Traditionally, many professional service firms have operated as partnerships, or more recently as limited liability partnerships, and been financed by a mix of retained partner profits, bank loans and capital contributions from partners. The changes in the economic and business environment experienced over the last two years have increased the working capital requirements in many firms. However, growth consumes cash and firms that have a strategy to grow will have a need for cash to invest in new services and offices, as well as additional working capital. Add into that the cost of developing offices across the world and there are some serious demands and tensions on the traditional model.
A number of alternatives are being considered by firms and in some cases implemented. Accessing the public capital markets through a listing is one model, but in many cases for a traditional firm run as a partnership this would be a significant step and have a number of implications for changes to the culture and governance of the firm. However, it certainly could be considered by a firm as part of a medium term strategy.
The use of private equity to take a stake in the firm (say around 20%) is another way of accessing external investment and some firms have used this route. Again this means that partners are giving up some control and will mean that part of the future profits will be going to an external investor.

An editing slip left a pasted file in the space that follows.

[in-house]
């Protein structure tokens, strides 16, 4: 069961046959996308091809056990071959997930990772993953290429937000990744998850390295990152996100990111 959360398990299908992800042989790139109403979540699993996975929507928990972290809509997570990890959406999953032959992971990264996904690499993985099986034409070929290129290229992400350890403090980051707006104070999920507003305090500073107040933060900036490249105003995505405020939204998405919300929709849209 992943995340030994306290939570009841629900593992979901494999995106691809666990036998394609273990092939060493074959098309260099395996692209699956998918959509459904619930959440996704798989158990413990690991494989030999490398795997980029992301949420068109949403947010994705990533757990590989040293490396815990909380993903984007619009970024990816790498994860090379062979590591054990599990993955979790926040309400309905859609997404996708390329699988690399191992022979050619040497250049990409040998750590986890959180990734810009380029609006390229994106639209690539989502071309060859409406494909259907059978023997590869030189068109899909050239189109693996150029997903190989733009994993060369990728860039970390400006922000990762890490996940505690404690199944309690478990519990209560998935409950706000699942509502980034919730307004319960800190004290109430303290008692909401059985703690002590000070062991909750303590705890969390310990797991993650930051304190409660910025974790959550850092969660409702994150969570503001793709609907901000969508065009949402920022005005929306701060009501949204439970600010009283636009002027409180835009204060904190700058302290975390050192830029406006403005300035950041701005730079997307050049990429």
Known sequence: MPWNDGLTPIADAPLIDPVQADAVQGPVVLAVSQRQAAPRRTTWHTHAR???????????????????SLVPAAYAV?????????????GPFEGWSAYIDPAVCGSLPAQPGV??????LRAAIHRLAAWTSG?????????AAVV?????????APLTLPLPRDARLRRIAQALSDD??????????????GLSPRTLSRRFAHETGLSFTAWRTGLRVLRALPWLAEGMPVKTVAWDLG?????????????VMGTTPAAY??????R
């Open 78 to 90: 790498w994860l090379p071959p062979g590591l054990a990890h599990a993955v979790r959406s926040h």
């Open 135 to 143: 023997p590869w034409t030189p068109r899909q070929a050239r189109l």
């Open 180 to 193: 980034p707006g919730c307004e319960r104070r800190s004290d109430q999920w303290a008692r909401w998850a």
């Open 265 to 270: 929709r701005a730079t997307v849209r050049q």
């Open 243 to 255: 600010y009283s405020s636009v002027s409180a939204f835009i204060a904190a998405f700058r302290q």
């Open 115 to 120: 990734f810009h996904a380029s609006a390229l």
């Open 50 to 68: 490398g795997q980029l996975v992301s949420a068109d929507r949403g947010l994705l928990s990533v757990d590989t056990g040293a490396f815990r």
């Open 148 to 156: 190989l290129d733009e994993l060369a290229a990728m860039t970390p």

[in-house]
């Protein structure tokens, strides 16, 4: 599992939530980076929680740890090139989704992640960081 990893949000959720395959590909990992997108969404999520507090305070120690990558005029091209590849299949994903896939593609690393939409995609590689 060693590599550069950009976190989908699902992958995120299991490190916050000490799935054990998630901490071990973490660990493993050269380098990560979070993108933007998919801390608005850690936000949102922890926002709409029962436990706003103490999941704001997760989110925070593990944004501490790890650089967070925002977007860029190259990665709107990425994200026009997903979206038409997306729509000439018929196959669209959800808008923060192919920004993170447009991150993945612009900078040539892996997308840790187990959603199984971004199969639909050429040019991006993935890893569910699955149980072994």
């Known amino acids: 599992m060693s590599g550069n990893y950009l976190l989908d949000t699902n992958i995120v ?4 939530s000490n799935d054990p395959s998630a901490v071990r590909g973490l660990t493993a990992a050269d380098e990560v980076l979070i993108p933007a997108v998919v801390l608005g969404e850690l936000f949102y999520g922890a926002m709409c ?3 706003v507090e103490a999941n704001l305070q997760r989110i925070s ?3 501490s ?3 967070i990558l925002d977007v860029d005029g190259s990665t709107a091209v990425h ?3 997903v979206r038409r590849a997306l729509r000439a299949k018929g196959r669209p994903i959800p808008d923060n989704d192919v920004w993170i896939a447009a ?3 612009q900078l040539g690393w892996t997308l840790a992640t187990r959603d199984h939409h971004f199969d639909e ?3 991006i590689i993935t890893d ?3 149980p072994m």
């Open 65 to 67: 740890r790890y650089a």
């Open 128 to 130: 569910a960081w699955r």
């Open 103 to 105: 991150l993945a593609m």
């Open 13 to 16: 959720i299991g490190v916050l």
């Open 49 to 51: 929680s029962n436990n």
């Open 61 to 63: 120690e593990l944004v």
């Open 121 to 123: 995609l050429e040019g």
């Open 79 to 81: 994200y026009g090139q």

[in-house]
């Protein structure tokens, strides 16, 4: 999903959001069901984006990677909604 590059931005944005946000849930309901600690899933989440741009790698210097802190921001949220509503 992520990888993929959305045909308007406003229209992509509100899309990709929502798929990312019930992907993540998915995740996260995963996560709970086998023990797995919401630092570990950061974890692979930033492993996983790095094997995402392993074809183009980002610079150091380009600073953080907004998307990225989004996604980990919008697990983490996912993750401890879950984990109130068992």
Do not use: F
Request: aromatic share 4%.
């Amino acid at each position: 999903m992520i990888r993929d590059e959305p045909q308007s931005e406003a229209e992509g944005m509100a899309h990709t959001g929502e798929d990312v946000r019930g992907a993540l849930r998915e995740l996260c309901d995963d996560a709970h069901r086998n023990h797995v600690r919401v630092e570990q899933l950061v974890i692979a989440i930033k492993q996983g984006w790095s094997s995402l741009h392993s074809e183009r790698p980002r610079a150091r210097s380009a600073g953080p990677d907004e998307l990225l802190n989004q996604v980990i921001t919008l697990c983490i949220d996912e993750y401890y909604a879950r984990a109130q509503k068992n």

Another option which can work within a partnership model, with the partners retaining full control over the firm is to use a corporate partner (a limited company owned by the partners) to provide for future funding and working capital requirements. This still uses mainly retained profits to finance the firm, but in a corporate partner this is after applying tax at 28%, rather than taxes of up to 50% which many partners are likely to be paying in the future. Therefore, there is more finance available to deal with increased working capital in a more tax efficient model.
With many firms now considering their medium term strategy in the post recession business environment, alternative financing options should certainly form part of that thinking.